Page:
Since winter is looming, we decided to get a family membership at a local community center. I'll admit that my favorite part about the place is that it has child care. This means I can go get some exercise all on my own, a break of sorts.
To be honest, I usually don't even work out, but this whole child care thing makes it terribly appealing.
Now if only I could figure out the machines.
Let me be honest again. I get really nervous walking into the big workout center. There are tricky machines everywhere, TVs surrounding the big room with all different shows on them, and usually a whole lot of people, walking or running or riding their immobile bikes. It's overwhelming.
The other day, I walked in and quickly scanned the scene. All of the treadmills that I know how to work were in use, but of course I didn't want to stand and wait. So as naturally as possible, I hopped up on an open mystery treadmill, and acted as if I knew exactly what I was going to do.
But I didn't.
There were so many options and buttons, I just froze for a moment. Then I remembered there were a whole lot of people behind me, it felt as if all eyes were on me, watching and waiting to see if I'd push the right buttons and get moving. I reached out nonchalantly and pushed 'cardio,' which made my machine start asking me all kinds of questions with all kinds of loud beeps. I tried to push stop so I could try something easier, but the thing would just beep again and ask the same questions over and over. It even asked me for my weight, height, and age.
I BEEPED the numbers in as fast as I could, glancing over my shoulder to see all the fit young women running behind me with ease.
Then my treadmill finally started. Slowly it picked up speed, relieving me of feeling like such a heel. But because I had pushed 'cardio,' every time I took my hands off the bar in front of me, the treadmill would start beeping loudly, a message flashing across the screen, "NEED HEART RATE FOR CARDIO WORKOUT."
So I couldn't let go, or the magical handles that check my pulse couldn't do their job, and apparently it's a very important job. BEEEEEEEP!!!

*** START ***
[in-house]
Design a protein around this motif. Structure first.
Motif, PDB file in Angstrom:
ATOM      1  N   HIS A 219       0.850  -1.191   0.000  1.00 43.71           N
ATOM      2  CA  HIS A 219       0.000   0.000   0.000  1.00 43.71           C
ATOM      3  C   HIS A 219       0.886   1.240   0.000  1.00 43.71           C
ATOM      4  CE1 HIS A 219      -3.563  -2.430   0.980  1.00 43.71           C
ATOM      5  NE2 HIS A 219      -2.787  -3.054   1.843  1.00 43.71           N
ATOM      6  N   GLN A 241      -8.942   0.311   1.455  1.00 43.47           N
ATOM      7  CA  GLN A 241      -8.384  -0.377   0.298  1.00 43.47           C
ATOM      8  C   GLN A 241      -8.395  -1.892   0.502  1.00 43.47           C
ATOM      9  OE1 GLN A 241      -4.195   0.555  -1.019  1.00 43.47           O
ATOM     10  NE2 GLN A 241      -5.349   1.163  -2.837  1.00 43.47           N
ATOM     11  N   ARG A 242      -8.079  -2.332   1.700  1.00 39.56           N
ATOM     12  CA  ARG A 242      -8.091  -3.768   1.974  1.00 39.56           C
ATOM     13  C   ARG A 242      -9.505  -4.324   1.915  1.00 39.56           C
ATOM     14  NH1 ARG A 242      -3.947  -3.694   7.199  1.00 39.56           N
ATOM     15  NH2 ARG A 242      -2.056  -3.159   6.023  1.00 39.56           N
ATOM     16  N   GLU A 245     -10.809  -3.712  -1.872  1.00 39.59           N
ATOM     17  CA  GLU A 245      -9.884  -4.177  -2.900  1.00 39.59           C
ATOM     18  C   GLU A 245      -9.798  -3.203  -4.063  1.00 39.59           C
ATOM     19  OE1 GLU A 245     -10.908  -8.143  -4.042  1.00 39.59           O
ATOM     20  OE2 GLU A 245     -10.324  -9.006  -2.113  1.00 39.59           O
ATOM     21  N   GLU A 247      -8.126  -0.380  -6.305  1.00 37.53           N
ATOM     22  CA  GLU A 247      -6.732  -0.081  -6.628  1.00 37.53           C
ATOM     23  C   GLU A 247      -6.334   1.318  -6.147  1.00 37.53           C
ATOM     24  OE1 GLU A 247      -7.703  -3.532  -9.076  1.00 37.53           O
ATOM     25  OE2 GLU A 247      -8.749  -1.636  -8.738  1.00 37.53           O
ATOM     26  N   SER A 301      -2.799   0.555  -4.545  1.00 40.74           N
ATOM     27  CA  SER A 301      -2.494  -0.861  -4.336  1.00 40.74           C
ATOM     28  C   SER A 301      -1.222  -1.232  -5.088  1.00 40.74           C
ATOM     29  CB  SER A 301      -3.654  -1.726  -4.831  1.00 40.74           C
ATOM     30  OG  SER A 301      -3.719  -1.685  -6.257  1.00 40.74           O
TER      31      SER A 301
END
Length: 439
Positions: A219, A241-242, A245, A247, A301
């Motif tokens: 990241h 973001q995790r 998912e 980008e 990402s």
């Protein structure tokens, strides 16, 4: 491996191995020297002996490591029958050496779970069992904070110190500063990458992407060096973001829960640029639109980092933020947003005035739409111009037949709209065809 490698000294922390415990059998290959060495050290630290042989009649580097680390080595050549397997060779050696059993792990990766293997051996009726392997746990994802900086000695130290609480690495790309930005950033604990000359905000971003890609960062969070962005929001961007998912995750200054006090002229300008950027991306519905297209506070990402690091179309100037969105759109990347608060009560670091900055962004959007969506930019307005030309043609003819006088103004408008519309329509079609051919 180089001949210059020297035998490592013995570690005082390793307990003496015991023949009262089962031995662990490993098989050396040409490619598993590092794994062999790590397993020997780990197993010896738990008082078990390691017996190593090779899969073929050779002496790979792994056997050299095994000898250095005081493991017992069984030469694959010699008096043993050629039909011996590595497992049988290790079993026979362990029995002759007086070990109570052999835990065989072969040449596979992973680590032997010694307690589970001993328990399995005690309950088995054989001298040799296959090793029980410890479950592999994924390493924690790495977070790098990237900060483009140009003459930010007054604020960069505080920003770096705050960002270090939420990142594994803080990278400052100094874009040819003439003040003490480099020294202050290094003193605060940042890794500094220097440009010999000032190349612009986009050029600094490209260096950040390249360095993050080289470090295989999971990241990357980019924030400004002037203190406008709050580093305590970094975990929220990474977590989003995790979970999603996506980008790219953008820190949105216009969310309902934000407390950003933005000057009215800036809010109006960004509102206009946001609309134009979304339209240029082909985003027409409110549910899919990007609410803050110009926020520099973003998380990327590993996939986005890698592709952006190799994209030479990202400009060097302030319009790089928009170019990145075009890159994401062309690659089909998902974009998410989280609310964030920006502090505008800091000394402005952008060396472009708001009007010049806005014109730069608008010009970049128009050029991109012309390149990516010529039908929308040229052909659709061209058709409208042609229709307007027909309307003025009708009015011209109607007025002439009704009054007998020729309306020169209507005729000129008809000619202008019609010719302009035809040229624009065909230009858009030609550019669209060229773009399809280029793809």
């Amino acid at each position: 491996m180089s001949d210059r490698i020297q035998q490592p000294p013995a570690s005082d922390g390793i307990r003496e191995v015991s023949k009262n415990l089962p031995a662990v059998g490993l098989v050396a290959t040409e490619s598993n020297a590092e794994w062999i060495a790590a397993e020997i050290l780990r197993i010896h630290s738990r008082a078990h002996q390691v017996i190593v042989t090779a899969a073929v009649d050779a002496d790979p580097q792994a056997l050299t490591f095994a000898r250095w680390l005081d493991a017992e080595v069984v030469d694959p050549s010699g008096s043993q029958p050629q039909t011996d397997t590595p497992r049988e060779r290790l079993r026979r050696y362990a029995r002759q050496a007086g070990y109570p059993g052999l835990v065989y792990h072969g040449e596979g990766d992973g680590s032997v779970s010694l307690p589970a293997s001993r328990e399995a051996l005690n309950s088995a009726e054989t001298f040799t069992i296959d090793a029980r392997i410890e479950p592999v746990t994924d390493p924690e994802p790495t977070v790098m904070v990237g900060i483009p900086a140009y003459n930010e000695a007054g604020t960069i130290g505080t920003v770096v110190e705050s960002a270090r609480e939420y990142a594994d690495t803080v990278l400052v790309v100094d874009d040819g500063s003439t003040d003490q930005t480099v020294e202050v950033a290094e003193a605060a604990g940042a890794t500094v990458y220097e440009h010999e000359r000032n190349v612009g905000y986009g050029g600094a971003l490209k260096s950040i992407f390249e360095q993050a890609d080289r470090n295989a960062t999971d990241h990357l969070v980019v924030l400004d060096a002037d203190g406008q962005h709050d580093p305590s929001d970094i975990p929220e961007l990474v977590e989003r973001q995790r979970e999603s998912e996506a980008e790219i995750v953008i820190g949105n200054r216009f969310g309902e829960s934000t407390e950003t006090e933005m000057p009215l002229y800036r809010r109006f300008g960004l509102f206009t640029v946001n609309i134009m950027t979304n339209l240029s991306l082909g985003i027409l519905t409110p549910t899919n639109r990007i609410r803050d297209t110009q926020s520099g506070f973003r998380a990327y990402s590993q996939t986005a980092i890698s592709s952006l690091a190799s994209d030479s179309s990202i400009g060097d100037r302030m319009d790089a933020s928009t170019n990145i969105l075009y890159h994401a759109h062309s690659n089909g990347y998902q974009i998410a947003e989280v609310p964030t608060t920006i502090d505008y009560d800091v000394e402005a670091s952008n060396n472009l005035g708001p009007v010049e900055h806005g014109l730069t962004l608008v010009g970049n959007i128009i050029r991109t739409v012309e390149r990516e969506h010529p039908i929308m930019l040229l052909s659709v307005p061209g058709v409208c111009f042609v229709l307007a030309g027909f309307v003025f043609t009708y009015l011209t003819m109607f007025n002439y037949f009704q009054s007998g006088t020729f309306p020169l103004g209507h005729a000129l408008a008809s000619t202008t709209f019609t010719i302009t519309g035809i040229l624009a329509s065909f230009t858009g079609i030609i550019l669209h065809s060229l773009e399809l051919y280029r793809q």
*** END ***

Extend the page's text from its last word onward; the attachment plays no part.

I decided at one point to let go quickly to push the up arrow to pick up the pace a little. BEEEEEP!!! I increased the speed as fast as I could so I could get my hands back in their place and stop the mad beeping.
I did it so fast that I really increased the speed. Now, I'm NOT a runner, so thankfully I didn't quite have to run (or my side would have exploded), but I was walking really really fast.
(Just so you know, I have chicken legs. I surely looked ridiculous.)
Then it happened.
The cardio incline. The highest number the machine can reach, apparently.
The treadmill slowly angled up and up and up until I was walking up a very steep hill, very quickly. (I was suddenly quite thankful that I couldn't let go, let's just say that.)
I would like to tell you now that I stopped caring about the people behind me, that I let go and reached up to decrease the incline (you know, so I wouldn't die.). But I didn't.
I'll admit it. I didn't want to appear as if I couldn't handle it. So I just kept going.
I walked up that very steep hill very quickly for 30 minutes. When my legs started to feel like goo, all itchy and tired, and my heart was beating out of my chest, I thought about letting go to reach up and slow things down, but I was too afraid I'd fly right off, or at the very least, appear totally unfit.
So I just kept going, knowing I had done this to myself out of insecurity.
It was exhausting. (And hilarious, really.)
I guess I'm going to be quite fit if I do, but I don't think I'll choose that particular type of treadmill next time.
It's way too much like picking the hard road in life, just to save face, and I'd like to be done with that too.